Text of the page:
My problems have not all disappeared because none of this stops life from happening.  The hope and fear continue to return because the practice of letting go of hope and fear is hard to embrace. But I keep training and practicing and the more I train and practice the more I am able to lessen unnecessary suffering and worry.  I believe that I am more present in the moment and that the more I wake up the more compassion I have towards myself and others, the more creative I feel, the more risks I am willing to take, the more discernment I seem to have about what I should spend my time and energy pursuing.  It’s a process and honestly I feel like I could let all the progress slip away without much notice if I don’t remain vigilant but all in all I think I am discovering something better than hope.  I think I am discovering now.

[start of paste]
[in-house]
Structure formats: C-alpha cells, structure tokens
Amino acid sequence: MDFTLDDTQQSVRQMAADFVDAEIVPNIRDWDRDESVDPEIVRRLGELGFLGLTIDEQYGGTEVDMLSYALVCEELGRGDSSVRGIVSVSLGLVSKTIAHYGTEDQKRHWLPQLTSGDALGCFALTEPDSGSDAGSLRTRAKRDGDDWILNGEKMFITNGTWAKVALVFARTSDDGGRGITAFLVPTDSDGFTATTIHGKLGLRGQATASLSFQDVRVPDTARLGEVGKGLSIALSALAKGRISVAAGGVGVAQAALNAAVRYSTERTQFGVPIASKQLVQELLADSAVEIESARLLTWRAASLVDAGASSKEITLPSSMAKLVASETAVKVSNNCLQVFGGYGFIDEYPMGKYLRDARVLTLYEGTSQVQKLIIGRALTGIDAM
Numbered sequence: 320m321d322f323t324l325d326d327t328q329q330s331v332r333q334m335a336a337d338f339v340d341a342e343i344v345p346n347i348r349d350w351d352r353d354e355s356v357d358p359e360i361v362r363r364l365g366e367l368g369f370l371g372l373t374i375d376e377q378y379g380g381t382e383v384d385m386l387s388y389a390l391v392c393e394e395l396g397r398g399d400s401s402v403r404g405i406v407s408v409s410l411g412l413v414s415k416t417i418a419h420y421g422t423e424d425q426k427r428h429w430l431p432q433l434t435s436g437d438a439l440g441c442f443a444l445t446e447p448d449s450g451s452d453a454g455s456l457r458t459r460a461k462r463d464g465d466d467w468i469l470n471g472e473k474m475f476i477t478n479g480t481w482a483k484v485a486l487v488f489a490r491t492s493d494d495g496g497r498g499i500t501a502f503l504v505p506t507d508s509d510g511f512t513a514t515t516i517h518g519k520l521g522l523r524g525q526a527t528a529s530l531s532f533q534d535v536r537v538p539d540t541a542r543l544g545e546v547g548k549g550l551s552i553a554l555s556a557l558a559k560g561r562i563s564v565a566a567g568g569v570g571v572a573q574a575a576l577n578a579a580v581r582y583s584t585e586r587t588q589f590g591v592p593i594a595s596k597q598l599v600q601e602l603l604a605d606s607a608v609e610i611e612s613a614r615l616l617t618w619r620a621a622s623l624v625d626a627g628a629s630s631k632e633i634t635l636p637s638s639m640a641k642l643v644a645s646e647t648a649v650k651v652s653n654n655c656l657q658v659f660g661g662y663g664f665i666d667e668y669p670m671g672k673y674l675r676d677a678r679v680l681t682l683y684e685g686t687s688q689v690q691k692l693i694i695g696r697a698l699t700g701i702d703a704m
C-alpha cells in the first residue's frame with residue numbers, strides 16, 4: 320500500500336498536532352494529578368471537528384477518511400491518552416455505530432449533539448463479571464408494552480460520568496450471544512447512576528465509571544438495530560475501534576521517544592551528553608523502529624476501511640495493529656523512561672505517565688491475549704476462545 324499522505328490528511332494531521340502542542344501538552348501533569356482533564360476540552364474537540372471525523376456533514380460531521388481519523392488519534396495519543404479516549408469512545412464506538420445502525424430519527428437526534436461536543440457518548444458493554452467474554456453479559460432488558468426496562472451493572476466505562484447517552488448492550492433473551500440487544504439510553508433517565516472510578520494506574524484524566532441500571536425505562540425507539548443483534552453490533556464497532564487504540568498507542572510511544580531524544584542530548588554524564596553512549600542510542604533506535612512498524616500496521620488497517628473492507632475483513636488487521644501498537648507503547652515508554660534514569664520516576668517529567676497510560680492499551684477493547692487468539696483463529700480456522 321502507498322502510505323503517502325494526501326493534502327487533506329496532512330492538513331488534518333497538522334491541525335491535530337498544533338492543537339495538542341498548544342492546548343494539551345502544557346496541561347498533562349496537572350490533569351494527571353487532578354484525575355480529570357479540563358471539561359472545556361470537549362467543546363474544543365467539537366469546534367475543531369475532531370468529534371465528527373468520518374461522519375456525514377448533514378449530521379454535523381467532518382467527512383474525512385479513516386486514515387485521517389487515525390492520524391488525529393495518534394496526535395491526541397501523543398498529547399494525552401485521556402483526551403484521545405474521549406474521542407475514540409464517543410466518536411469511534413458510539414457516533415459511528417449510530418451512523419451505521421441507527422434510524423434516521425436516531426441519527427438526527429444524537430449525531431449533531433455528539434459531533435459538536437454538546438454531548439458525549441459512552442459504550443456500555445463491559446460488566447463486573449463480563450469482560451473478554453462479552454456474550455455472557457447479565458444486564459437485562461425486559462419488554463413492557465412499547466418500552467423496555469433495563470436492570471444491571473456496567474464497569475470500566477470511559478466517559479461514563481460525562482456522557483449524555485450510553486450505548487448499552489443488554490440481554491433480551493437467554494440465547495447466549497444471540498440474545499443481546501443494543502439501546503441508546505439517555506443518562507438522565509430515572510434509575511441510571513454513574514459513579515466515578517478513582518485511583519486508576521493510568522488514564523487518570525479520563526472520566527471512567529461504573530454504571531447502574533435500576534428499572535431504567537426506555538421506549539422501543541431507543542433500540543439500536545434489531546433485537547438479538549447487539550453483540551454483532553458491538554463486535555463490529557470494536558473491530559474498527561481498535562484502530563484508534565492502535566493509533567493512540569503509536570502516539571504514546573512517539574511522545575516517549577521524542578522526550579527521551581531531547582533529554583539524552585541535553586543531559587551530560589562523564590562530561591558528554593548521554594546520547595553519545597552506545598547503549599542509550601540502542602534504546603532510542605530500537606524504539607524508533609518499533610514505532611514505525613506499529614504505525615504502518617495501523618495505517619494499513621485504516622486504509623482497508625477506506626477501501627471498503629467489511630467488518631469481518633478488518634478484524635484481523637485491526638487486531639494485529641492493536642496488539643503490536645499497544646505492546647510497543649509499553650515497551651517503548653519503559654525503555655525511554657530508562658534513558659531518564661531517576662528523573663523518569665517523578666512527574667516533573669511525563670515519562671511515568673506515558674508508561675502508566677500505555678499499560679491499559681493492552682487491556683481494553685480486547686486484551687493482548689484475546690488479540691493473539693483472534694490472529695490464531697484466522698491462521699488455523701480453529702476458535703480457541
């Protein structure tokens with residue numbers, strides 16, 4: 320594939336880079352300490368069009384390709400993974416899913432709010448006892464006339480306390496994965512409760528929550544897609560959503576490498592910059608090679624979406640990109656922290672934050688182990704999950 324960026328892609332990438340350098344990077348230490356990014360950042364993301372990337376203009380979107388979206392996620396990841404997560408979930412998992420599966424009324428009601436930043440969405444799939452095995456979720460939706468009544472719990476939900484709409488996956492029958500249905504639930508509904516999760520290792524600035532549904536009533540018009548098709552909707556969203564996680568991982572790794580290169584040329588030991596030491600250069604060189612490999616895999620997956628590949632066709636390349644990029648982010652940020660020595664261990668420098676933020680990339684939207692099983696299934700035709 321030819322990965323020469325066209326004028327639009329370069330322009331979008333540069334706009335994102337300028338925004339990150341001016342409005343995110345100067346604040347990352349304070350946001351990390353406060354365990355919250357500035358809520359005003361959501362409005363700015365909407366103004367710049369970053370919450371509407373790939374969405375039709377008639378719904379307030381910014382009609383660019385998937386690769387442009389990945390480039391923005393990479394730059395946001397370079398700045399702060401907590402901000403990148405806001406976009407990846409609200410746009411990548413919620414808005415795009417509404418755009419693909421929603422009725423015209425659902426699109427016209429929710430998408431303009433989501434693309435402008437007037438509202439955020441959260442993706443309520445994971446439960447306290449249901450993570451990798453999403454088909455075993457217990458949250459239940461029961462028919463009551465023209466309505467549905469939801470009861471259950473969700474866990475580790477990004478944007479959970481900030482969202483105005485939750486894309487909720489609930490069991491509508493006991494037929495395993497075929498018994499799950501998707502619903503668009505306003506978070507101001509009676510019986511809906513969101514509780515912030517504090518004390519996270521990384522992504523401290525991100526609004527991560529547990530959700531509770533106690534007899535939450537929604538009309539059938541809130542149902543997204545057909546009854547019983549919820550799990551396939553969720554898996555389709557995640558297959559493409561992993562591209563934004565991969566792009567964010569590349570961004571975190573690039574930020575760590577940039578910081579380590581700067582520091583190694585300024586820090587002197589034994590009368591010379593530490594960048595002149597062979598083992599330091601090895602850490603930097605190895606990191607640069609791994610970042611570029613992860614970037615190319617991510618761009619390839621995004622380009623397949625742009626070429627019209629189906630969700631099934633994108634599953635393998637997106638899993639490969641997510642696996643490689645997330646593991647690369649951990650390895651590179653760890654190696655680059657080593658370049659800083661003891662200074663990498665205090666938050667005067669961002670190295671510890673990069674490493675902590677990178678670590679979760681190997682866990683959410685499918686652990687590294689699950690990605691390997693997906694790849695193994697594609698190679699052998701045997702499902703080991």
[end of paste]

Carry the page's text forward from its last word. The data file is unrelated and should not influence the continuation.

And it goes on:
* * * * *

Below is a list of all the posts and participants in this month’s synchroblog.  There are two links for each contribution listed.  The link on the title of the post will take you to the Provoketive Magazine site where all the pieces are posted and the link on the author’s name will take you to their personal blog.  I encourage you to not only read these wonderful pieces about “Hope” but to also check out the contributors personal blogs.  

The Trouble With HopeJohn Ptacek

Hope = Possibility x ImaginationWayne Rumsby

Little RemindersMike Victorino

Where Is My HopeJonathan Brink

Hope for HypocritesJeremy Myers

Now These Three RemainSonny Lemmons

Perplexed, But Still HopefulCarol Kuniholm

A Hope that LivesAmy Mitchell

Generations Come and Generations GoAdam Gonnerman

Demystifying HopeGlenn Hager

God in the Dark: On HopeRenee Ronika Klug

Keeping Hope AliveMaurice Broaddus

Are We Afraid to Hope?Christine Sine

On Wobbly Wheels, Split Churches and FearLaura Droege

Adopting HopeTravis Klassen

Hope is Held Between UsEllen Haroutunian

Hope: In the Hands of the Creatively MaladjustedMihee Kim-Kort

Paradox, Hope and RevivalCity Safari

Good Theology SavesReverend Robyn

Linear: Never Was, Never Will BeKathy Escobar

Better Than HopeLiz Dyer

Caroline for Congress: Hope for the FutureWendy McCaig

Fumbling the Ball on HopeKW Leslie

Content to HopeAlise Wright

Hope: Oh, the Humanity!Deanna Ogle